FIG. 3 illustrates operational steps for a write controller in a traditional FIFO queuing system in flow diagram form;

FIG. 4 illustrates operational steps for a read controller in a traditional FIFO queuing system in flow diagram form;

FIG. 5 illustrates an improved FIFO queuing system in block diagram form;

FIG. 6 illustrates operational steps for a write controller in an improved FIFO queuing system in flow diagram form;

FIG. 7 illustrates operational steps for a read controller in an improved FIFO queuing system in flow diagram form;

FIG. 8 illustrates the preferred embodiment for an enhanced FIFO queuing system in block diagram form;

FIG. 9 illustrate operational steps for a write controller in an enhanced FIFO queuing system in flow diagram form; and

FIG. 10 illustrates operational steps for a read controller in an enchanced FIFO queuing system in flow diagram form.

DESCRIPTION OF THE PREFERRED EMBODIMENT

Graphics Accelerator Architecture--FIG. 1

FIG. 1 illustrates a graphics accelerator hardware architecture 100 used in three-dimensional imaging devices. The architecture disclosed in FIG. 1 is an example for illustration only and is not a limitation on the present invention due to any particular hardware architecture or implementation.

Although traditional graphics accelerators are floating point intensive architectures implemented in software and/or as general micro-coded processors, the fundamental difference between architecture 100 and traditional graphics accelerator architectures is that architecture 100 contains hard-wired control features, dynamic logic floating point mega-cells, and highly customized fixed data paths. Specifically, architecture 100 is designed to perform geometric matrix transformations, polygon decompositions, object lighting/shading, clipping, perspective adjustments, and plane/slope equation calculations on randomly oriented polygons and/or vectors. The typical polygon processed by the present architecture 100 is a three or four sided polygon.

Architecture 100 is designed to support a larger overall three-dimensional processing scheme by quickly and efficiently processing only the most common primitives having the most commonly processed features to facilitate further processing by downstream hardware. Because architecture 100 is implemented in an environment afforded minimal circuit space and little excess processing time, there is a need to increase overall processing efficiency and implement smaller circuit designs in an effort to maximize the use of available circuit space and maintain high-performance standards.

Architecture 100 is a two-processor vector processing design having a first micro-processor 110 controlled by control units 135, and a second microprocessor 125 controlled by control units 145, that will be referred to for discussion purposes as state machine "A" and state machine "B" respectively. Operationally, the state machine A pre-processes vertex primitives input by way of a traditional FIFO queue 102. Dual Random Access Memory (RAM) buffers 105 and 107 provide a staging area from which primitives are accessed by micro-processor 110. Micro-processor 110 performs initial floating point operations on input primitives including, but not limited to, geometric transformations, partial slope calculations, and other preliminary calculations prior to handing the results off to micro-processor 125 by way of FIFO/RAM memory 112 or 115. Micro-processor 110 includes a plurality of processor elements 111 including, but not limited to, on board memory, a master multiplexer, registers, and other floating point components. Control units 135 provide processing instruction to the processor elements 111 such as address decoding, transformations, decompositions, and positional assistance.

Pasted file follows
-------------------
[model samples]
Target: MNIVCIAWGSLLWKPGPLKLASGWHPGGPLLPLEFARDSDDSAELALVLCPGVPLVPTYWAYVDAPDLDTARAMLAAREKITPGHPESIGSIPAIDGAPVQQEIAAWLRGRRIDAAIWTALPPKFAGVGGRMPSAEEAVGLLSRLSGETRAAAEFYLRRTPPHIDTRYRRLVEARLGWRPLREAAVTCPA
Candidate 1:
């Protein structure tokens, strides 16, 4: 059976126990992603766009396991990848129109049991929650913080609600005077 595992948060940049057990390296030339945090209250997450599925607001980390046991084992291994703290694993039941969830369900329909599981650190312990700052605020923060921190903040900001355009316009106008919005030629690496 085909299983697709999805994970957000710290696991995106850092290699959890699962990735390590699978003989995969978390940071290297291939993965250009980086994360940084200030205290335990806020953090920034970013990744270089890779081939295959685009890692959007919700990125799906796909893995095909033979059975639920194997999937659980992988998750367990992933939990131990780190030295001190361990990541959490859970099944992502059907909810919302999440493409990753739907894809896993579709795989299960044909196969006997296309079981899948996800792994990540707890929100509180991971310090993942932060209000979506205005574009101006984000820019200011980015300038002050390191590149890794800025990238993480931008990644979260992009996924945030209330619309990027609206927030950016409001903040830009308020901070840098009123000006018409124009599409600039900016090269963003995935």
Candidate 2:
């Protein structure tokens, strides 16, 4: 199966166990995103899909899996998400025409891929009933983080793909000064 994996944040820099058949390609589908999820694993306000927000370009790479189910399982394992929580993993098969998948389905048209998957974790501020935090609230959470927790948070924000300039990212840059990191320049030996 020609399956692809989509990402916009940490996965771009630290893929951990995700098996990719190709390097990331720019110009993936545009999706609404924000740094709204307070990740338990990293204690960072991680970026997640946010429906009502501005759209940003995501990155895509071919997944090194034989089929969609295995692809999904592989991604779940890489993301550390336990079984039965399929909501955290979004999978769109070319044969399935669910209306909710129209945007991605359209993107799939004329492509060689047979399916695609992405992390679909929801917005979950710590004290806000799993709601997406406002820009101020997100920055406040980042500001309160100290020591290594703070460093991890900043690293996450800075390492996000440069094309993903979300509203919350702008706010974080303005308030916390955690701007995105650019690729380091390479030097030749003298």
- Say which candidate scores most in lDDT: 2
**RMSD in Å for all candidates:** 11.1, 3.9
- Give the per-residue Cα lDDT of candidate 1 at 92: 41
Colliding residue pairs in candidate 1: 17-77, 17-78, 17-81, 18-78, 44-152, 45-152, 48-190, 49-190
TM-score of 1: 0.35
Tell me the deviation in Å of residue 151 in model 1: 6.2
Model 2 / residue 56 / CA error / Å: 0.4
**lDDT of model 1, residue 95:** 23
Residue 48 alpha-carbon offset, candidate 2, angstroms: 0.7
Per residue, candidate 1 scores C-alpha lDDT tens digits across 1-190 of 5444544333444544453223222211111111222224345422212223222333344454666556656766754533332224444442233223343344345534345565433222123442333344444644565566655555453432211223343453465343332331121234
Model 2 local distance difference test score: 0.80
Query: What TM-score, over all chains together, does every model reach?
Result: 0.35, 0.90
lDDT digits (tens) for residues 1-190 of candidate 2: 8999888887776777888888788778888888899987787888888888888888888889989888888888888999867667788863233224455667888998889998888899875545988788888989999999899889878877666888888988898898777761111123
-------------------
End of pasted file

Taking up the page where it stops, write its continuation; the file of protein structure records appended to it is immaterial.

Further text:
FIFO/RAM memory devices 112 and 115 are controlled by memory controllers 113 and 116, respectively, which implement both a hybrid FIFO/RAM memory scheme and the enhanced performance queuing system of the present invention. Depending on the primitive type being processed and the calculations being performed, either memory 112 and/or 115 may be used as a FIFO queue or a RAM memory at the appropriate time. When used as a FIFO queue, memory 112 or 115 facilitates the data handoff from state machine A to state machine B using the enhanced queuing system of the present invention.

Output from memory devices 112 and 115 are integrated with light position, intensity, color, and direction output from the clipping RAM staging device 118. The combined data is directed into the input latch queue 121 for processing by micro-processor 125. Micro-processor 125 contains its own processor elements 124 including, but not limited to, on board memory, a master multiplexor, registers, and other floating point components. Control units 145 control processor elements 124 and provide processing instructions such as lighting assists, clipping, and plane equations. Completed operations from micro-processor 125 are output on a traditional FIFO queue 127 for subsequent processing by downstream hardware beyond the scope of this disclosure.

Traditional FIFO Queuing System--FIGS. 2, 3, 4